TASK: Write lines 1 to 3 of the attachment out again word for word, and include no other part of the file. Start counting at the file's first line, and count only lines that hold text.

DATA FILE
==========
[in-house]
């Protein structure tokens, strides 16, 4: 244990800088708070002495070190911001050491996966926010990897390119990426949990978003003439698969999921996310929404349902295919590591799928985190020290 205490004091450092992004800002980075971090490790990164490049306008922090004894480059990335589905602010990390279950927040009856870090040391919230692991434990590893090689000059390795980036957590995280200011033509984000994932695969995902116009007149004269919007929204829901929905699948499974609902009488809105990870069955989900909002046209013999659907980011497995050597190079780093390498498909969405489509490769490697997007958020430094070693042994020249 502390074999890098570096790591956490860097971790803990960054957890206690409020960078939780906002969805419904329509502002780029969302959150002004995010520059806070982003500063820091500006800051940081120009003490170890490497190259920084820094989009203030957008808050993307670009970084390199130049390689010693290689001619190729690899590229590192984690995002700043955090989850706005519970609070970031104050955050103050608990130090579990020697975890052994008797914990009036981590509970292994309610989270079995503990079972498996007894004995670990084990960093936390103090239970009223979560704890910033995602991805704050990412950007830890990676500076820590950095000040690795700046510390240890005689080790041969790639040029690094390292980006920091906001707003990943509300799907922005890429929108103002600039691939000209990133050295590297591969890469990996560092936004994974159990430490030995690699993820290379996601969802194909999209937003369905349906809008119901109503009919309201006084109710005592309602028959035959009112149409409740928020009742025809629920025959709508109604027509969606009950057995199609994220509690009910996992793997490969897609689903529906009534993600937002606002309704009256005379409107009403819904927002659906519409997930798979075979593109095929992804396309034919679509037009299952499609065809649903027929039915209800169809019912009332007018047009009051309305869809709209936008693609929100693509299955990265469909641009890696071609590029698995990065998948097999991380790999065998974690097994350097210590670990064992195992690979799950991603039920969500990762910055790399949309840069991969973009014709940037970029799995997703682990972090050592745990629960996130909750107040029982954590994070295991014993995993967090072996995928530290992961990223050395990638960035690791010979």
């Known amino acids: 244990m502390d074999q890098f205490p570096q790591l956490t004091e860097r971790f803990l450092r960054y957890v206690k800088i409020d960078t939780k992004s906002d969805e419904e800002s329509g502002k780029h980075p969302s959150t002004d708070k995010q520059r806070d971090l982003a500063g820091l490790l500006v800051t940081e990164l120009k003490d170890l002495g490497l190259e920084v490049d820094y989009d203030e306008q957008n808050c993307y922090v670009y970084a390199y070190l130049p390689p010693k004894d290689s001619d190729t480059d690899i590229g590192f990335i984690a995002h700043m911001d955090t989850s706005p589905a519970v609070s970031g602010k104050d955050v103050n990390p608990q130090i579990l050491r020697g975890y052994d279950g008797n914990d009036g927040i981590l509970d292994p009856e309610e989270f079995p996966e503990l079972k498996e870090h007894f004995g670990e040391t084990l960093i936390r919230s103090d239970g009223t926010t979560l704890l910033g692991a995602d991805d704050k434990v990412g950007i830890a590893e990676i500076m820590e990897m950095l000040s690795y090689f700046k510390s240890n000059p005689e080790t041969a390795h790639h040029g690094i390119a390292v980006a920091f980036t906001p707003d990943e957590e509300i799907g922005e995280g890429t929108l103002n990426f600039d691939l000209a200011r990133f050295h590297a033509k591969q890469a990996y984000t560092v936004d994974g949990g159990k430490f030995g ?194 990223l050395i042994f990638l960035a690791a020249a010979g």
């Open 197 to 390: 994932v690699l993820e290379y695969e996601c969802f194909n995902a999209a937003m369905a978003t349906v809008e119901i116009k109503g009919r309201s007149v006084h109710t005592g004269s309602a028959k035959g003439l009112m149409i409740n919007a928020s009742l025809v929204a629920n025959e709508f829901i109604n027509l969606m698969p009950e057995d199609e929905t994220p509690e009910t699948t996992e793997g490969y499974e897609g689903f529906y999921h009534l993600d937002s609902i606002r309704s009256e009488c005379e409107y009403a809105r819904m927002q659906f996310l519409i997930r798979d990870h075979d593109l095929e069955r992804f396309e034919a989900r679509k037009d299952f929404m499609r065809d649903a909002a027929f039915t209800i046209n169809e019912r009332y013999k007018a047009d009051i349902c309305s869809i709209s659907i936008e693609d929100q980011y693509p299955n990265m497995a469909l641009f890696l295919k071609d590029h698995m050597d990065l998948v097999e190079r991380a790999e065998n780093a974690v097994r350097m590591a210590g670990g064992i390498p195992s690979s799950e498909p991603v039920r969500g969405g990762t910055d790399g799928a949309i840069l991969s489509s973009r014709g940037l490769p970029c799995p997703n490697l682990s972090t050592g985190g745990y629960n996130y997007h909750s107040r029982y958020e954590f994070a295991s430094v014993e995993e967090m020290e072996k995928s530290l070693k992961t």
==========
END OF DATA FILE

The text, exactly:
[in-house]
């Protein structure tokens, strides 16, 4: 244990800088708070002495070190911001050491996966926010990897390119990426949990978003003439698969999921996310929404349902295919590591799928985190020290 205490004091450092992004800002980075971090490790990164490049306008922090004894480059990335589905602010990390279950927040009856870090040391919230692991434990590893090689000059390795980036957590995280200011033509984000994932695969995902116009007149004269919007929204829901929905699948499974609902009488809105990870069955989900909002046209013999659907980011497995050597190079780093390498498909969405489509490769490697997007958020430094070693042994020249 502390074999890098570096790591956490860097971790803990960054957890206690409020960078939780906002969805419904329509502002780029969302959150002004995010520059806070982003500063820091500006800051940081120009003490170890490497190259920084820094989009203030957008808050993307670009970084390199130049390689010693290689001619190729690899590229590192984690995002700043955090989850706005519970609070970031104050955050103050608990130090579990020697975890052994008797914990009036981590509970292994309610989270079995503990079972498996007894004995670990084990960093936390103090239970009223979560704890910033995602991805704050990412950007830890990676500076820590950095000040690795700046510390240890005689080790041969790639040029690094390292980006920091906001707003990943509300799907922005890429929108103002600039691939000209990133050295590297591969890469990996560092936004994974159990430490030995690699993820290379996601969802194909999209937003369905349906809008119901109503009919309201006084109710005592309602028959035959009112149409409740928020009742025809629920025959709508109604027509969606009950057995199609994220509690009910996992793997490969897609689903529906009534993600937002606002309704009256005379409107009403819904927002659906519409997930798979075979593109095929992804396309034919679509037009299952499609065809649903027929039915209800169809019912009332007018047009009051309305869809709209936008693609929100693509299955990265469909641009890696071609590029698995990065998948097999991380790999065998974690097994350097210590670990064992195992690979799950991603039920969500990762910055790399949309840069991969973009014709940037970029799995997703682990972090050592745990629960996130909750107040029982954590994070295991014993995993967090072996995928530290992961990223050395990638960035690791010979």
């Known amino acids: 244990m502390d074999q890098f205490p570096q790591l956490t004091e860097r971790f803990l450092r960054y957890v206690k800088i409020d960078t939780k992004s906002d969805e419904e800002s329509g502002k780029h980075p969302s959150t002004d708070k995010q520059r806070d971090l982003a500063g820091l490790l500006v800051t940081e990164l120009k003490d170890l002495g490497l190259e920084v490049d820094y989009d203030e306008q957008n808050c993307y922090v670009y970084a390199y070190l130049p390689p010693k004894d290689s001619d190729t480059d690899i590229g590192f990335i984690a995002h700043m911001d955090t989850s706005p589905a519970v609070s970031g602010k104050d955050v103050n990390p608990q130090i579990l050491r020697g975890y052994d279950g008797n914990d009036g927040i981590l509970d292994p009856e309610e989270f079995p996966e503990l079972k498996e870090h007894f004995g670990e040391t084990l960093i936390r919230s103090d239970g009223t926010t979560l704890l910033g692991a995602d991805d704050k434990v990412g950007i830890a590893e990676i500076m820590e990897m950095l000040s690795y090689f700046k510390s240890n000059p005689e080790t041969a390795h790639h040029g690094i390119a390292v980006a920091f980036t906001p707003d990943e957590e509300i799907g922005e995280g890429t929108l103002n990426f600039d691939l000209a200011r990133f050295h590297a033509k591969q890469a990996y984000t560092v936004d994974g949990g159990k430490f030995g ?194 990223l050395i042994f990638l960035a690791a020249a010979g």